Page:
Zen Filmmaking and What is a Zen Film?
By Scott Shaw
Ever since I created Zen Filmmaking, I have frequently been asked the question, "Just what is a Zen Film?" Numerous people have contacted me regarding this question and I have read a number of attempts by people to write a formalized definition. Some have been good while others have placed far too much analysis into the process. But to answer, I think, first-and-foremost, it is essential to note that the ultimate understanding of Zen is that there is no absolute definition — no one truth. This is the first clue into what is or is not a Zen Film.
But, to provide a more detailed explanation...
At the root of a Zen Film and Zen Filmmaking is the understanding that, "The stories have all been told." I say this over and over again but people still don't get it. So, let me explain…
Think about it, every story throughout humanity has previously either been written about or filmed. Certainly, there are some very specific variants of life-stories that may seem a bit more unique than others, but these minor variations are not the only time that these life events have occurred.
Take a look at the bible. Every storyline is in that ancient text — from romance to horror, onto science fiction. It is very hard to find any story of humanity that is not alluded to in the bible.
But, why does this matter? And, how does this help to define a Zen Film?
Filmmakers, from the dawning of the craft foreword, have attempted to tell a story. Many become very adamant about how elementally important the story is to their film. They equally believe that it is very important that their film's particular story must be told. So, they go and make a movie. Maybe it is good, maybe it is bad. But, ultimately, it is certainly not a story that has never been told before.
You may ask, "Why is this important in defining a Zen Film?" Because Zen Filmmaking is about freedom. A Zen Film is about freeing yourself from as many constraints as possible. And certainly, the story or the script is one of the most limiting factors in any film's production.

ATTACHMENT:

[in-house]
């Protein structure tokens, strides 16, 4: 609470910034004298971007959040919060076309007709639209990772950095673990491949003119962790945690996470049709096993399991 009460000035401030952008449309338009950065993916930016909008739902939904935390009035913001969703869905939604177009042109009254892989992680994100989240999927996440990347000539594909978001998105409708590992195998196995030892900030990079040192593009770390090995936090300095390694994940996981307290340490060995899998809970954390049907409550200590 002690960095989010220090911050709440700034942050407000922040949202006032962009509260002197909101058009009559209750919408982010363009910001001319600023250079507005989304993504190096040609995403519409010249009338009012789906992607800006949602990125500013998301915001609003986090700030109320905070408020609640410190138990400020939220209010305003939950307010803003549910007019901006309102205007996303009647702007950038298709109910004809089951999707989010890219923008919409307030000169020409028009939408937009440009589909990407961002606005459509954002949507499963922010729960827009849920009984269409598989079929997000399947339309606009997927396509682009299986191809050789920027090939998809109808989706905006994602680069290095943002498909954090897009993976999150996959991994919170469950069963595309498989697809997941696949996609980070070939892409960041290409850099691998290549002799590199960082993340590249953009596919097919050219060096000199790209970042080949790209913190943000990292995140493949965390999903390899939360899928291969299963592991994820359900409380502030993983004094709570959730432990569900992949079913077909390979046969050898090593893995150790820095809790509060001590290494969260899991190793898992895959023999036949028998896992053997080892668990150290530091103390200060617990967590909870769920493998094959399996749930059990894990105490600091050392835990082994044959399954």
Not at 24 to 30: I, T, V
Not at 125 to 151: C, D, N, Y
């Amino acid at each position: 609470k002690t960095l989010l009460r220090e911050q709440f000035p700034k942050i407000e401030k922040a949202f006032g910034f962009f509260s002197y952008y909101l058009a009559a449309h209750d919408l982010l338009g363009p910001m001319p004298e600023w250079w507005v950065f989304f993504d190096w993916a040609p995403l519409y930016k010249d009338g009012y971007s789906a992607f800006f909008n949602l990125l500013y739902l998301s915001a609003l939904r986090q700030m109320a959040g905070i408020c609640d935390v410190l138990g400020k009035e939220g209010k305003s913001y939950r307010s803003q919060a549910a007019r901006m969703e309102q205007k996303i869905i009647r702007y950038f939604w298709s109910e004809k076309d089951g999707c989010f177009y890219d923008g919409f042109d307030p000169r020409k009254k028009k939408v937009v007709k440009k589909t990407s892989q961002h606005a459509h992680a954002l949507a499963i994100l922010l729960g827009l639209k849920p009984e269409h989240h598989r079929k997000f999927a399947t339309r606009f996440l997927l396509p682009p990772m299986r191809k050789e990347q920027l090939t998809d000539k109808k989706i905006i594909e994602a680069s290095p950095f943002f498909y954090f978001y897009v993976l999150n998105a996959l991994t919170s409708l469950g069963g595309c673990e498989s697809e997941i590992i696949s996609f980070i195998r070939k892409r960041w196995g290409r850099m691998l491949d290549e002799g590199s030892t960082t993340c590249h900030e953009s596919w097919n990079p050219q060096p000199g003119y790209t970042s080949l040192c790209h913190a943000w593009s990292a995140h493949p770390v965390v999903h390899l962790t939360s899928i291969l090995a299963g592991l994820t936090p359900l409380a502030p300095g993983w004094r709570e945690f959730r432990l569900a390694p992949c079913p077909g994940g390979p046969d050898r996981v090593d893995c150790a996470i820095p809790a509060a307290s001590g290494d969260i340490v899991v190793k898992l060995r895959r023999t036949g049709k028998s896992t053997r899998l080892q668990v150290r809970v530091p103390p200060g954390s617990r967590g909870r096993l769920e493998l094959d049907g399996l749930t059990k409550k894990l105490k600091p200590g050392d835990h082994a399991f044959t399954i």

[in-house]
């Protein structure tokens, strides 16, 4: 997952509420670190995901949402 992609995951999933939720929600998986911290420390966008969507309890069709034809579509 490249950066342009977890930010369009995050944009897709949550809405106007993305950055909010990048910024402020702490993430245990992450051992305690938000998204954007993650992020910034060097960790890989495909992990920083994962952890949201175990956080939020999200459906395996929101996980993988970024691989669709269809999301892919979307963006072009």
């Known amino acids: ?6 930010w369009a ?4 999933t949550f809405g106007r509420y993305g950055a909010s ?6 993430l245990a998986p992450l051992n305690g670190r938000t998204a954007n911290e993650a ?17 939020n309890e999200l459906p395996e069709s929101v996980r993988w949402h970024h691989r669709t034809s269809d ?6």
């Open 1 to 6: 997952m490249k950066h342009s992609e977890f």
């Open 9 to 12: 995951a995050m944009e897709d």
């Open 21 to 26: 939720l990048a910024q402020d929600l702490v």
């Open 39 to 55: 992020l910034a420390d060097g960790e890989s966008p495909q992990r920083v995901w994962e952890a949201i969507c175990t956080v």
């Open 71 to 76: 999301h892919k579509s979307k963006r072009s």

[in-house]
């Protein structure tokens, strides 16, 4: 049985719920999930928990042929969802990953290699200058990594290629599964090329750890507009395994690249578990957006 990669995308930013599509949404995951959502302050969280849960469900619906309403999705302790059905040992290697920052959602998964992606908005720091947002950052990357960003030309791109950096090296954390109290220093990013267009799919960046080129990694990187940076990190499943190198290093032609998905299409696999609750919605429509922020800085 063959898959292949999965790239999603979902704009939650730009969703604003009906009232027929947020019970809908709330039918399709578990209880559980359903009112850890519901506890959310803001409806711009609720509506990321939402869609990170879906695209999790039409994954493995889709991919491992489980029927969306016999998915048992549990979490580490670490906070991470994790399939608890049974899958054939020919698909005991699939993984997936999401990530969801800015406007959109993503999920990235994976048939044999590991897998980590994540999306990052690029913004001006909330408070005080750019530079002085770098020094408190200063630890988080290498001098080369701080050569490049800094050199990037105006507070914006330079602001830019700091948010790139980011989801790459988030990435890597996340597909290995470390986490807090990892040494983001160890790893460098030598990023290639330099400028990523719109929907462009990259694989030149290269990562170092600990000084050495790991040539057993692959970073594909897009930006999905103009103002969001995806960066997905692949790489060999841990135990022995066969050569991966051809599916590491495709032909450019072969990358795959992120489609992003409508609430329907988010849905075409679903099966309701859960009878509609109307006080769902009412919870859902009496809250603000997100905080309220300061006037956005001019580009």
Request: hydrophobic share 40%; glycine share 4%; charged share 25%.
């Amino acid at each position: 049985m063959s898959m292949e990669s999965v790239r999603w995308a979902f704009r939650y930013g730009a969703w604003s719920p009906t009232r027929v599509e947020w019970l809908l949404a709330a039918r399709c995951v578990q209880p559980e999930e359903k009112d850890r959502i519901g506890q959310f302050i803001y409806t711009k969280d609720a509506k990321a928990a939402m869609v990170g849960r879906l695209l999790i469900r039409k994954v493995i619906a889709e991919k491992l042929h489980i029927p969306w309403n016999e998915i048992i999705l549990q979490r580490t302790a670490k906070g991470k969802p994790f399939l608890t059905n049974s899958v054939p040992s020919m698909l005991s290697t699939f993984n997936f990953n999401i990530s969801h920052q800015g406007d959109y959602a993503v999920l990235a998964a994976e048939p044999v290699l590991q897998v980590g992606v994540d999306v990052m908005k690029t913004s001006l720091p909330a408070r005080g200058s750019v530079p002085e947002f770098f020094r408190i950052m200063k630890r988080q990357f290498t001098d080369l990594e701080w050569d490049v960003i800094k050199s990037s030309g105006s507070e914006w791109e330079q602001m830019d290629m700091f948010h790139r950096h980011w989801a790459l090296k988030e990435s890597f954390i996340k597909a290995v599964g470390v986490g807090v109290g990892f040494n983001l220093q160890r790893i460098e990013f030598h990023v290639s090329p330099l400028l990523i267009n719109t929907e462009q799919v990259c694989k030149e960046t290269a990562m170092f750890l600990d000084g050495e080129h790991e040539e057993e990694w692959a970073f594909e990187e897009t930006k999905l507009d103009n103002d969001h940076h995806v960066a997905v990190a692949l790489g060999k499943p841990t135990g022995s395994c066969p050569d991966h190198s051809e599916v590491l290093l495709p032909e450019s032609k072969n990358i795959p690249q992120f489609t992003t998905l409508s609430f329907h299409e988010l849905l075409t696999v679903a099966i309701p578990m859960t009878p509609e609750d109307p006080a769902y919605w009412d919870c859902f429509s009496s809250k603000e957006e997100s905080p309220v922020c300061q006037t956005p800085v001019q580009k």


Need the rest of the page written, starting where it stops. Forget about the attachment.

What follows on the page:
Why is freedom essential in making a Zen Film? Because then the filmmaking process becomes much more spontaneous, natural, and artistic. And, when freedom is allow to exist, then true art is embraced.
Which brings me to the concept of Art.
There are beautiful paintings that have been created since the dawning evolution of humanity where the artists has studied for years, refined their techniques, and then spent weeks, months, even years creating a singular piece of art. Are these pieces of art beautiful? Well, if you like that style of art, then yes they are.
Now, here arises one of the key concepts in defining a Zen Film. Just like beauty, art is in the eye of the beholder.
To some, classic art is the only art. But, to others, this style of art has all been seen before. It has become old and expected.
In regard to filmmaking, the same understanding applies. So many filmmakers, especially on the independent level, attempt to create a film that looks much bigger than its budget — they attempt to mimic what has been done before. Though they most probably believe that they have a unique story that deserves telling, what they are doing is no more than retelling the same story that was most probably better told in a previous film that had a much higher budget.